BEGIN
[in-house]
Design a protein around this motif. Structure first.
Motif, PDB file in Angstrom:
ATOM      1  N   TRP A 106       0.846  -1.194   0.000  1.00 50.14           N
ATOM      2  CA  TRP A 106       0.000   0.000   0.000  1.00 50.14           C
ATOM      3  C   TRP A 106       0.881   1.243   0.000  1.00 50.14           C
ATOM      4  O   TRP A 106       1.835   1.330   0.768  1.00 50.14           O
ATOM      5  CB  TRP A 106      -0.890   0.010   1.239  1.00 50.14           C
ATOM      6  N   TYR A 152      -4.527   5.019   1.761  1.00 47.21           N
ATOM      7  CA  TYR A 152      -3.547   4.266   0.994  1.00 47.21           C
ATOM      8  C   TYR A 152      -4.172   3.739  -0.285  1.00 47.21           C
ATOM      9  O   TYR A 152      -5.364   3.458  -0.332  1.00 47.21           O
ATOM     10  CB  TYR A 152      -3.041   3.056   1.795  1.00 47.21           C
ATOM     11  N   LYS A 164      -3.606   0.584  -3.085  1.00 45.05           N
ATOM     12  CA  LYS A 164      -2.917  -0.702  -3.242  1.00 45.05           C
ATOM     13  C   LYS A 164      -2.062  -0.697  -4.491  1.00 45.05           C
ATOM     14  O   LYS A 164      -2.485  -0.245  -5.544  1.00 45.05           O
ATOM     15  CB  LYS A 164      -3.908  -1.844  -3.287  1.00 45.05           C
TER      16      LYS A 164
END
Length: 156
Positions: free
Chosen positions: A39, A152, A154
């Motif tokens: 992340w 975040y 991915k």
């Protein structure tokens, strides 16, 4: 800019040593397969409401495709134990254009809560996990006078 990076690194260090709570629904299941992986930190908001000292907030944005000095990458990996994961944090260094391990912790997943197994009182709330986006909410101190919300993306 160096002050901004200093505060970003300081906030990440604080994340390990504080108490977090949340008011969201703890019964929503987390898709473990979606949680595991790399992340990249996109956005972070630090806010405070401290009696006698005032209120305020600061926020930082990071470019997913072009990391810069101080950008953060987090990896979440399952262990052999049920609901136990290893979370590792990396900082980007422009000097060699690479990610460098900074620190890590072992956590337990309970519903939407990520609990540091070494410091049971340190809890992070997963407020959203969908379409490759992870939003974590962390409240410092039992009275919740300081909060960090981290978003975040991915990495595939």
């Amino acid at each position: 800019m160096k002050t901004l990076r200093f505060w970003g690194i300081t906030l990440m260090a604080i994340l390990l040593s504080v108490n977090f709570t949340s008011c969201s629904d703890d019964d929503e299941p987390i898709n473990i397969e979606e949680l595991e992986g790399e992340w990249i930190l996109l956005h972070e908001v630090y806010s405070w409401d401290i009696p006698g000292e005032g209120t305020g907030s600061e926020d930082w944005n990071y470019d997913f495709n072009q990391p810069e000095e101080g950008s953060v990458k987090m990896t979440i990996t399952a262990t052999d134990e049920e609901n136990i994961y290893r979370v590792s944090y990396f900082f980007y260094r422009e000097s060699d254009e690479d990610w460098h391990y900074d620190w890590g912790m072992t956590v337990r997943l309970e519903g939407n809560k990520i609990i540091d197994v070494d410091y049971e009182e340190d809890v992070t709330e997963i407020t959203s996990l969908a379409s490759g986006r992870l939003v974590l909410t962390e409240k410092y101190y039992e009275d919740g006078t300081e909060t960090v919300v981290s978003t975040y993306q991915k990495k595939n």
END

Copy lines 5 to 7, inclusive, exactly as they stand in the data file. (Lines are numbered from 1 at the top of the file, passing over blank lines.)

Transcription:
ATOM      2  CA  TRP A 106       0.000   0.000   0.000  1.00 50.14           C
ATOM      3  C   TRP A 106       0.881   1.243   0.000  1.00 50.14           C
ATOM      4  O   TRP A 106       1.835   1.330   0.768  1.00 50.14           O